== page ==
The chief executive of Public Health England has called on nurses to continue to “speak confidently” about the importance of vaccinations, as a new survey names health professionals as the most trusted source of information on the topic.
Research released today from PHE revealed that 93% of parents surveyed saw nurses and other health workers as the most trusted source of advice on immunisation.
“We must all speak confidently about the value of vaccines”
Earlier this year, Simon Stevens, chief executive of NHS England, warned that so-called vaccine-deniers were gaining traction on social media as part of the “fake news” movement.
But the PHE survey found that social media and the internet ranked the least trusted sources of immunisation information for parents.
To mark European Immunisation Week, which starts today, PHE boss Duncan Selbie reminded everyone working in health care to spread the message to the public that vaccines were safe and saved lives.
Mr Selbie said: “In a world where mis-information is so easily spread online we must all speak confidently about the value of vaccines and leave the public in no doubt that they are safe and save lives.
“It’s testament to our hard-working doctors and nurses that families trust them to provide accurate facts about the effectiveness of vaccines,” he added. ”They’re our vaccine heroes and we all have a role in supporting them.”
European Immunisation week is run by the World Health Organisation European Region to promote the core message that immunisation is vital to prevent diseases and protect life.
This year, on 24 to 30 April 2019, the campaign aims to raise awareness of the benefits of vaccines and to celebrate the “vaccine heroes” who contribute to protecting lives through vaccination.
The survey results are based on a total of 1,674 interviews carried out in 2018 with parents of children aged four and under.
They showed that just 9% of parents that had seen, read or heard about something that would cause them to doubt having their child immunised - down from a third in 2002.
In addition, 86% who had reported seeing or hearing information about vaccines, said the messages were in support of immunisation. Only 4% said the information was against.
“Inaccurate claims about the safety and effectiveness can lead to doubts about vaccines”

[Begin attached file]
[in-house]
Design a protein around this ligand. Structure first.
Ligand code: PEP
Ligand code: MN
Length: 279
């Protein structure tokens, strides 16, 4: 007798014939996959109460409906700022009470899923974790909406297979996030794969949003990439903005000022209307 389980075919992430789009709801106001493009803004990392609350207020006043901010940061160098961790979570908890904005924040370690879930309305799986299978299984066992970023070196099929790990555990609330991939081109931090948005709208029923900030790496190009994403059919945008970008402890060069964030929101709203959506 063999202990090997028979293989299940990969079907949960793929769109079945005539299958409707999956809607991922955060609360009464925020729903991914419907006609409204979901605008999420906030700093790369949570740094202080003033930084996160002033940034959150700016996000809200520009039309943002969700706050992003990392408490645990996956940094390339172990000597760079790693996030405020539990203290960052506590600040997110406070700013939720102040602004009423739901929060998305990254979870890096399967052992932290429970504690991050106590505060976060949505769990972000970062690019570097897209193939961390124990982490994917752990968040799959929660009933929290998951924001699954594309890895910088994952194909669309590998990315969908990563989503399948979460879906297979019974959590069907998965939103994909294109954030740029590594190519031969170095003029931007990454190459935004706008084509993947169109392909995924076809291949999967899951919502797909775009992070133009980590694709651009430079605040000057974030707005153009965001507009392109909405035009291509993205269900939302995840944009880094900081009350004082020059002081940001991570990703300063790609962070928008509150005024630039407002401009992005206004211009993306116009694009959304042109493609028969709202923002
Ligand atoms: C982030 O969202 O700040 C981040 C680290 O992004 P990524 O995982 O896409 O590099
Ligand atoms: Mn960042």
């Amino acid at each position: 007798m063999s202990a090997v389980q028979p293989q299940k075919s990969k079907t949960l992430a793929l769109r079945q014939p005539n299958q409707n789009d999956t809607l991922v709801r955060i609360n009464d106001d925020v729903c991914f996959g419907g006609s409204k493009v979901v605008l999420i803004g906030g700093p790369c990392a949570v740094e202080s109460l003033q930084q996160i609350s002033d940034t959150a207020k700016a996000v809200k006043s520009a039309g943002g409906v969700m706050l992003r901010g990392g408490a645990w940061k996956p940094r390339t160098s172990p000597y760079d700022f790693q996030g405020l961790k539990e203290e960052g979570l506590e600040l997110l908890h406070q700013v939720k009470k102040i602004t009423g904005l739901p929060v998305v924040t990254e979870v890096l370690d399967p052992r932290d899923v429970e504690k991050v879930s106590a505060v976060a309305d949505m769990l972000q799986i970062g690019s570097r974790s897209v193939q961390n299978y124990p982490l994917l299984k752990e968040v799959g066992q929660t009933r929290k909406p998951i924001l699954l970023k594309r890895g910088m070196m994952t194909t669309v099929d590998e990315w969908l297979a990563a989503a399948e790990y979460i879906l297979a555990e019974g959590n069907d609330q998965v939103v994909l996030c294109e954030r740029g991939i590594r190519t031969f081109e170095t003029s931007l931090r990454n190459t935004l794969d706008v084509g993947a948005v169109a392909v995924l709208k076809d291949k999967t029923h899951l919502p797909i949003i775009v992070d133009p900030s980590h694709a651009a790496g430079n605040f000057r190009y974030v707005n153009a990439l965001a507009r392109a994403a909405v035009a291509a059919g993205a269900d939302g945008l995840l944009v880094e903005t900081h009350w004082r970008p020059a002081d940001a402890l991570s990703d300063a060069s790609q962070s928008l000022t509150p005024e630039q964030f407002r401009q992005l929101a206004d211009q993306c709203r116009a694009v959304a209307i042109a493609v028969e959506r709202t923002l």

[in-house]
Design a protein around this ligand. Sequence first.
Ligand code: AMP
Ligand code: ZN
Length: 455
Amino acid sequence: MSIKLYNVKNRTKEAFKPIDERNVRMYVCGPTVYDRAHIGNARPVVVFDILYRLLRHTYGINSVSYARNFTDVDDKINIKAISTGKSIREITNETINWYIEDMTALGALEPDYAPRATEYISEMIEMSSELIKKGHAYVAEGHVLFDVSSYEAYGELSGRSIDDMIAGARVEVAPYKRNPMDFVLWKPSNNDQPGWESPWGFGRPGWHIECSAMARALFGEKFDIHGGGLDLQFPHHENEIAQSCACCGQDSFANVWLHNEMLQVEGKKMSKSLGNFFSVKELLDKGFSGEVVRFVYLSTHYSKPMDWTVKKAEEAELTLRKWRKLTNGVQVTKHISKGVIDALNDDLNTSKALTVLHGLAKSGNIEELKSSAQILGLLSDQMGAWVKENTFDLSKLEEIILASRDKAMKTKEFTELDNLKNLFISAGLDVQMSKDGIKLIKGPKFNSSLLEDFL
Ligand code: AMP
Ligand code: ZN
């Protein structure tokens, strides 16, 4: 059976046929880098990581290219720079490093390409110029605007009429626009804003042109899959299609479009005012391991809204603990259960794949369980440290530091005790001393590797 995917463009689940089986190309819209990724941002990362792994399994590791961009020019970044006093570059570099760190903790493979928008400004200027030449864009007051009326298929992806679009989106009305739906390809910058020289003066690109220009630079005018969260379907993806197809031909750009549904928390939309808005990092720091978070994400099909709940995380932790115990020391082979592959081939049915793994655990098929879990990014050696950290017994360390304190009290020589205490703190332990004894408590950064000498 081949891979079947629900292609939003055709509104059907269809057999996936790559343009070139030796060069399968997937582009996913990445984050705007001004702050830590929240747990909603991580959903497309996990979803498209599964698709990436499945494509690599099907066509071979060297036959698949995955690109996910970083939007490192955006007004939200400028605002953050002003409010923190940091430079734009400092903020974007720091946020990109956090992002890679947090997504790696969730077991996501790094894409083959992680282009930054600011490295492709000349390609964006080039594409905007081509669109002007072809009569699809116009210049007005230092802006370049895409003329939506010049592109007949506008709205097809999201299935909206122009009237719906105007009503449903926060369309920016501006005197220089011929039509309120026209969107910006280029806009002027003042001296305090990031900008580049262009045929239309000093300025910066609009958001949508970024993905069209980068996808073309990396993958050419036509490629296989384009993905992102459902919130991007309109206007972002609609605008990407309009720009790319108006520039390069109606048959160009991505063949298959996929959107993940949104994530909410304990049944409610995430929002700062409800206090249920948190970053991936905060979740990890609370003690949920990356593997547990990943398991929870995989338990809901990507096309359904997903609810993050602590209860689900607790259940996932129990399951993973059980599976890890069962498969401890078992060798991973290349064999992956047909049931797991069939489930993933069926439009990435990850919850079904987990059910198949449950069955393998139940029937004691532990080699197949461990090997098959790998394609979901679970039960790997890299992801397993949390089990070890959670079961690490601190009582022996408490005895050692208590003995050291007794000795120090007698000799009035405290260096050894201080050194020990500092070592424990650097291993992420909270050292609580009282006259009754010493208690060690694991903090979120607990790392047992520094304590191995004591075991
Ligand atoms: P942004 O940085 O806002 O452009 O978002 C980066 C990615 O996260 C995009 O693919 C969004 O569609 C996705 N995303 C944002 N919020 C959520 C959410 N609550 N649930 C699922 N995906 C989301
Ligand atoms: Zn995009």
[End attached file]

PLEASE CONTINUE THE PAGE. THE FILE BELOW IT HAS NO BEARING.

Dr Mary Ramsay
For the small percentage that had seen information to make them doubt having their child immunised, 35% reported they had found it on the internet and 14% noted social media as the main source.
Information that related to side effects was the main topic that parents cited that might have persuaded them against immunisation.
The survey also found that parental confidence in the immunisation programme was very high and the percentage of parents having all of their child’s vaccines done when due was up nearly 20% since 2010, to an all-time high of 91%.
PHE noted that for parents who did not vaccinate when due, most had postponed rather than refused the vaccination.
Overall, vaccine coverage remained high for most childhood vaccines, noted PHE.
According to the government body, the latest quarterly data suggested that vaccine coverage at 12 months of age increased by 0.4 to 0.9% for all vaccines compared with the previous quarter. This follows slow declines in uptake since 2012-13, it noted.
Dr Mary Ramsay
Head of immunisations at PHE, Dr Mary Ramsay, said: “We are very lucky in England to have one of the most comprehensive programmes in the world and it is really great to see that parents trust our programme and most children are benefiting from this offer.
“We know from our history that inaccurate claims about the safety and effectiveness can lead to doubts about vaccines – putting people at risk of serious illness,” she added.
Dr Ramsay warned that it was vital that all websites and social media platforms offered accurate coverage of vaccinations.
“But, we also know that there are other factors which affect vaccine uptake, such as sending out reminders and making GP appointments as convenient as possible – these things will make the biggest difference in reducing numbers of children not getting vaccinated,” she said.
“We cannot be complacent, as even small groups of children missing out on or delaying their vaccines leaves them and others vulnerable to serious or even fatal infections,” she added.